BusinessDesignMarketing

Optimising the Design of your Email for Conversion

Emails and newsletters with a design that is not optimised for mobile – don’t let that be your company’s email newsletter, blog or other marketing communication or it will hurt your conversion!

Like scenario in this event, you’re eager to read the content so spend time-pinching at the screen and attempting to click links but eventually give up in frustration.

Let us feed you some statistics and numbers first so we can back up our suggestions for optimising your email campaigns for conversion. Sink your teeth into these telling stats around mobile & email.

Email opens:

  • Litmus reports 51% of email is now opened on a mobile device – “Email Analytics” (Jan 2014). This varies by industry and audience, however.
  • In general: for a given industry, a mobile email will account for 15-65% of email opens depending on your audience, product & email type” – eMailmonday  “the Ultimate mobile email stats” (2014).

Reading emails:

  • 61% of consumers read at least some of their emails on a mobile device – Yesmail “Email Compass: The Mobile Effect” (2013).
  • 30% of consumers read all of their email on a mobile device – “Email Compass: The Mobile Effect” (2013)

Email design:

  • Only 11.84% of newsletters use responsive design techniques to optimise their layouts for mobile devices. – Equinux (June 2013)

Email popularity:

  • Email is the number one most popular activity on a smartphone, 78% of 18-44 year olds check email on their mobile phone. This is ahead of web browsing & Facebook. IDC and Facebook – “Always Connected” (2013)

With the unstoppable nature of both mobile phones and email marketing, a clear strategy is a great way to start with to integrate your marketing for mobiles.

This along with the following tips should give you an effective end result that will hopefully lead to better conversions for your strategy.

1.  Short & punchy subject lines

You must bare in mind that users checking their inbox from a mobile phone will see less of a subject line compared to viewing via desktop – usually only about 5 words or roughly 45 characters. Make sure those first 5 words are enough to draw in the reader and make them want to read your email.

2.  Adequate space around your links

Don’t put links too close together, mobile users will get frustrated that they can’t click on the correct one. They need to be spaced far enough apart so they can be easily clicked in a small space.

As a general rule, 44 x 44 pixels is usually wide enough for any buttons or links to be clicked by a thumb but include space around that so that people don’t accidentally click the wrong button.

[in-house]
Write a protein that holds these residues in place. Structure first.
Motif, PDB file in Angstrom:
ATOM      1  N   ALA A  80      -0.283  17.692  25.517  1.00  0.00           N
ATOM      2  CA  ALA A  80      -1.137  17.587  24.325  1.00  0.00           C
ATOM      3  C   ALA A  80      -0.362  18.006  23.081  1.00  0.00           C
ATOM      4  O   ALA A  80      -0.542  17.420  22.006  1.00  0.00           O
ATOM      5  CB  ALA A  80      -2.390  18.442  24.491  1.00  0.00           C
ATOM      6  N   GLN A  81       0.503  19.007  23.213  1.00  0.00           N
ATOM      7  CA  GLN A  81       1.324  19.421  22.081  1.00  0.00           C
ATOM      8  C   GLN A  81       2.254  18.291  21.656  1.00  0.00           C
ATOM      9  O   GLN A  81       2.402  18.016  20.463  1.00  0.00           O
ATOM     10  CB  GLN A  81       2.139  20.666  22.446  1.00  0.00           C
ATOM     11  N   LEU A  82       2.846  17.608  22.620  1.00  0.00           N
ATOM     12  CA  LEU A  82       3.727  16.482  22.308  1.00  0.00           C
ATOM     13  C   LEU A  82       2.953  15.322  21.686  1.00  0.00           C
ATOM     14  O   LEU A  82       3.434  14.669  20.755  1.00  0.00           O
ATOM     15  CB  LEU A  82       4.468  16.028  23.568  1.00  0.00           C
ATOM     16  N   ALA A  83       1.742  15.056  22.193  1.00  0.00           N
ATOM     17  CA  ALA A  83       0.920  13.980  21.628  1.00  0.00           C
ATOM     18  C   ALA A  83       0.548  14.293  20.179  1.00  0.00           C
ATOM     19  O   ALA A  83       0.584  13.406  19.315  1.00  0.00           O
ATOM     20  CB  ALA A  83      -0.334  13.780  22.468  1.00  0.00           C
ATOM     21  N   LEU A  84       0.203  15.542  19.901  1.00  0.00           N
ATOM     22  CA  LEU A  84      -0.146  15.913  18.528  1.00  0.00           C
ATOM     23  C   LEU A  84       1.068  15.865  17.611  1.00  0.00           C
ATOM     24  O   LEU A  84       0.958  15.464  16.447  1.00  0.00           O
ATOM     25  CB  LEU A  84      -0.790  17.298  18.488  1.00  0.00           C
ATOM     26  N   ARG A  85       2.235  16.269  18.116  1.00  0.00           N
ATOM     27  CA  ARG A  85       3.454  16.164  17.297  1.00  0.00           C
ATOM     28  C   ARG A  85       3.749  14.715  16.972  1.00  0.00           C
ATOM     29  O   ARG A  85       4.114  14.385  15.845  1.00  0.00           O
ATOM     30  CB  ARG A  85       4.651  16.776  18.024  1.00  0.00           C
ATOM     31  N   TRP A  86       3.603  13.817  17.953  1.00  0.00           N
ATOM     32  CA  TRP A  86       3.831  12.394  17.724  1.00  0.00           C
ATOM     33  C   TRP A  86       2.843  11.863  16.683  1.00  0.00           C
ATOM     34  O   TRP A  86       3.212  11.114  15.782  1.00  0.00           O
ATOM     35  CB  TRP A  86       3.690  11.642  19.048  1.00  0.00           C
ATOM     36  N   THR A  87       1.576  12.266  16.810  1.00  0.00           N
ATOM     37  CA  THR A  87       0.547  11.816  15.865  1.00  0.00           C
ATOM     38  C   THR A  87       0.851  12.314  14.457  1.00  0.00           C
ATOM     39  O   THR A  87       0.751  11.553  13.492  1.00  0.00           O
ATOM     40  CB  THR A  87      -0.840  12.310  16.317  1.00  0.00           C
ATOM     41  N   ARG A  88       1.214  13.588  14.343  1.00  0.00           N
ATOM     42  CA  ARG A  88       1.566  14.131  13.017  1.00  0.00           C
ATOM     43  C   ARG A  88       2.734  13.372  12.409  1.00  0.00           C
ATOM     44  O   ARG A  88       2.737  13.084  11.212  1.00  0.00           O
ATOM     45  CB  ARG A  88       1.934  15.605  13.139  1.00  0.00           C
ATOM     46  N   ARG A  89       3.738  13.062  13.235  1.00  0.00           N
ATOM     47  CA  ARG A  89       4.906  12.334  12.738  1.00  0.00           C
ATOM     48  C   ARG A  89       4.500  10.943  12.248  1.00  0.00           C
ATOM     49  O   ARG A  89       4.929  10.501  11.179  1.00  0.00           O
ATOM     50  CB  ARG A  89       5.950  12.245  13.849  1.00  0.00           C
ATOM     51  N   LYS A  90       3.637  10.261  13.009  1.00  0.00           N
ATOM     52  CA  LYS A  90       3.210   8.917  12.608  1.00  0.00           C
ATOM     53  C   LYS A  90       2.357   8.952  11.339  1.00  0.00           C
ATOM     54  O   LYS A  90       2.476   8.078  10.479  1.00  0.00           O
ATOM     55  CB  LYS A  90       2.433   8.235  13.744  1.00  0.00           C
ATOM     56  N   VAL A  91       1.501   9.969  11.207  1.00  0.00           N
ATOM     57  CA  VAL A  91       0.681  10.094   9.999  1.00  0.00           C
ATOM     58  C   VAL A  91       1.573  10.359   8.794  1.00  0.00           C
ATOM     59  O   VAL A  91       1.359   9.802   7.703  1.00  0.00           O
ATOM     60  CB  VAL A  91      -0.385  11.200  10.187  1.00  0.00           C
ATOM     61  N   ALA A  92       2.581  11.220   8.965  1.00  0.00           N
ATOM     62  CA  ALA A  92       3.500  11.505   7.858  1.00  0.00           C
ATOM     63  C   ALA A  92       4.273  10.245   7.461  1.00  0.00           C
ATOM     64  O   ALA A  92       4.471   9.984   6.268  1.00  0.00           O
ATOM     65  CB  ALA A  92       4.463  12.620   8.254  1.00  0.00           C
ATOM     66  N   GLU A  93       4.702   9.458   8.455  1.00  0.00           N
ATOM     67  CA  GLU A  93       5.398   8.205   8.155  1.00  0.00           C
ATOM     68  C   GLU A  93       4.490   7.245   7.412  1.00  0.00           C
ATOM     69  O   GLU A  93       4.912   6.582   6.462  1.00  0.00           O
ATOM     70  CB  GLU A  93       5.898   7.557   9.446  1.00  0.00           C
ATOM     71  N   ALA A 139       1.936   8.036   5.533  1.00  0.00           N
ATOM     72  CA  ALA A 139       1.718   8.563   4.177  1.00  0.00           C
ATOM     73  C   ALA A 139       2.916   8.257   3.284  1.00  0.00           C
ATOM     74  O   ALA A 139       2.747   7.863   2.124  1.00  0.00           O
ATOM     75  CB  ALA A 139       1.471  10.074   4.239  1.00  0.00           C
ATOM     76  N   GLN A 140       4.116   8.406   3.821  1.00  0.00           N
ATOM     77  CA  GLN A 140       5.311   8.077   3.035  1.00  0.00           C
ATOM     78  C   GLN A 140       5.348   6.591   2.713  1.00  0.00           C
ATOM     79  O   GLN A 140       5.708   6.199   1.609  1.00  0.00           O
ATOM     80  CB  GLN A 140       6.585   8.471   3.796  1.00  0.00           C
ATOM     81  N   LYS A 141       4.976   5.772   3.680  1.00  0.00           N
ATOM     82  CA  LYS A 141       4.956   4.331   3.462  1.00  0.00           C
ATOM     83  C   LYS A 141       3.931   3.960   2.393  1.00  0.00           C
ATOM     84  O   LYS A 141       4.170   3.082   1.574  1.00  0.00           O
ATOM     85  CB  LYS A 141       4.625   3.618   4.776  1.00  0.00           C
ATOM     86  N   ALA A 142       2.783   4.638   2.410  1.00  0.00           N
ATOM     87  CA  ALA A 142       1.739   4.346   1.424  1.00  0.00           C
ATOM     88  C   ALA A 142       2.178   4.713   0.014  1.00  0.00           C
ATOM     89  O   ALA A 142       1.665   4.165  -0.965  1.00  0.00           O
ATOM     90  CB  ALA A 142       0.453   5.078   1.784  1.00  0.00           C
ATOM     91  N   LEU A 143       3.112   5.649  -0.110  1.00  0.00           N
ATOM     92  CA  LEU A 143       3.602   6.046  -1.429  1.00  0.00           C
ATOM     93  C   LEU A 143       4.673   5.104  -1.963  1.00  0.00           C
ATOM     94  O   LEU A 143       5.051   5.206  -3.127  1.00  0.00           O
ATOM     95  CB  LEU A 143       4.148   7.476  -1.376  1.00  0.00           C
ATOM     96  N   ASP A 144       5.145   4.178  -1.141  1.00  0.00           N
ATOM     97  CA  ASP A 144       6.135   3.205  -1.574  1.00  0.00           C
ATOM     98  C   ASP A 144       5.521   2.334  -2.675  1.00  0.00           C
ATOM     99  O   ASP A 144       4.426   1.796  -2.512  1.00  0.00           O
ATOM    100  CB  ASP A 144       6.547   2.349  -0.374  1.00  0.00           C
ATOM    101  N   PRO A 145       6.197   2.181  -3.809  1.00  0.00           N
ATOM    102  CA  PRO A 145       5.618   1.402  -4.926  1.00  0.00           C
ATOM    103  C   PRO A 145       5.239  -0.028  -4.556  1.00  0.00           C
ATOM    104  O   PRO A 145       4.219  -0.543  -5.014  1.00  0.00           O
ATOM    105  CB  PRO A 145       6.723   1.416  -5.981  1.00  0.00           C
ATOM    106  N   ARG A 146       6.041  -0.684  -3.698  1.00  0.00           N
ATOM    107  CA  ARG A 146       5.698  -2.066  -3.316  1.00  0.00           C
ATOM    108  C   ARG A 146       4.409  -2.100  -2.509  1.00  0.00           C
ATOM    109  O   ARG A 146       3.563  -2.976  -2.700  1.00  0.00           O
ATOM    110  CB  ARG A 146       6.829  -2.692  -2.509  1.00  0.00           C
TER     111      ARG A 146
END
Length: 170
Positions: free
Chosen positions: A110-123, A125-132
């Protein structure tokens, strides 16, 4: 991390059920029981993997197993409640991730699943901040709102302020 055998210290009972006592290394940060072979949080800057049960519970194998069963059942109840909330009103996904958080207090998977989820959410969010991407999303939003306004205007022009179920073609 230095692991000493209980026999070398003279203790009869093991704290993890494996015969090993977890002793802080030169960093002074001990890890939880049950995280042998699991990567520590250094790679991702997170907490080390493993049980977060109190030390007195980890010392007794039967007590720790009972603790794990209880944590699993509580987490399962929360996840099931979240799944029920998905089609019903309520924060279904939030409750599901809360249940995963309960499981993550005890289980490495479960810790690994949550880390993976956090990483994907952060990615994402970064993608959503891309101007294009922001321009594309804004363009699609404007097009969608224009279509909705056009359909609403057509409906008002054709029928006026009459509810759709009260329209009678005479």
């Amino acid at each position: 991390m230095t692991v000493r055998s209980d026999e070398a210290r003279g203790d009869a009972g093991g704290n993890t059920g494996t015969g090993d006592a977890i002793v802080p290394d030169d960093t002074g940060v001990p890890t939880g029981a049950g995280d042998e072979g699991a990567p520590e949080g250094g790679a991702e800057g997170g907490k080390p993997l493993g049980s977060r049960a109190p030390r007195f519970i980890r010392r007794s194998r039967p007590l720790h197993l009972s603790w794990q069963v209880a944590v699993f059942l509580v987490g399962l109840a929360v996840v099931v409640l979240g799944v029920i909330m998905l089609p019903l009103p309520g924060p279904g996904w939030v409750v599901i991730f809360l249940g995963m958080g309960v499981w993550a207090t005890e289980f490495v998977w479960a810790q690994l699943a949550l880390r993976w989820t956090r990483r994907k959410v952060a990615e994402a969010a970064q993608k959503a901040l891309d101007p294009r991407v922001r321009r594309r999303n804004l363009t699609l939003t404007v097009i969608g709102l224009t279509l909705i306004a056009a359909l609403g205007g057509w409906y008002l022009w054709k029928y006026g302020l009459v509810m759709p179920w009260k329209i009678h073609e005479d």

3.  Use alt tags in email too

Some email clients automatically block images so use alt tags so readers know what the image is even if it is blocked.

4.  Concise messaging with headlines

Make your content easy to grasp for someone who may be scanning for something interesting or relevant. Mobile users are most often on the go and spend less time reading and digesting the information than desktop users.

An option to keep emails lean is to use ‘progressive disclosure’ – displaying a small snippet of text and have the option for the user to ‘read more’ if they are interested in a particular topic or story.

5.  Make sure your email is responsive

To avoid emails that don’t display well, give yourself a head start by using a responsive email template. Otherwise you should definitely pay someone to design a responsive campaign for you. This little investment may go a long way in terms of maximising conversions.

6.  Mobile specific call to actions

As well as regular CTA’s, take advantage of the mobile by using call to actions designed specifically for mobile users. Utilise ‘Click to Call’ buttons to make it super easy for a user on a mobile phone to call you for information on a certain product or service.

‘Download App’ is another great CTA for mobile email readers who are already using their phone.

Ensure important CTA’s, whether mobile specific or not, are towards the beginning of your email (preferably the first 100 pixels) so you can maximise conversions, this way it will definitely be seen as some users may not scroll down your email.

7.  Optimise landing pages & shopping carts for mobile

There is no sense succeeding in getting someone to click on your call to action if the page they are taken to is not optimised for mobile. If your website is not responsive and you have no mobile version, you can create individual mobile landing pages.

Unbounce and leadpages are excellent landing page services you can use.

8.  Triggered email

Triggered emails are a great tactic for both desktop and mobile. These are sent when a user performs a certain action like purchases, viewing a product page or abandoning a shopping cart.

Triggered emails are highly relevant to the customer and are therefore much more likely to convert.

9.  Unsubscribe buttons

Include unsubscribe functionality the same as you would for regular marketing emails as mobile messages are subject to the same types of regulations.

10.  Test for mobile

Finally, test for mobile! Especially if you have a large or important campaign going out or have recently changed your design or template. There are several tools that allow you to test and preview your emails before sending. You could try Litmus, PreviewMyEmail or Campaign Monitor.

Some email clients such as Mailchimp allow you to create responsive emails and then test / preview your campaign before sending.

We hope this has provided you with some insight and inspiration for optimising your email marketing efforts for mobile. Keep in mind, depending on your industry, mobile users may well comprise the majority of your readers!

Leave a comment if you found this helpful or have other tips for optimisation.

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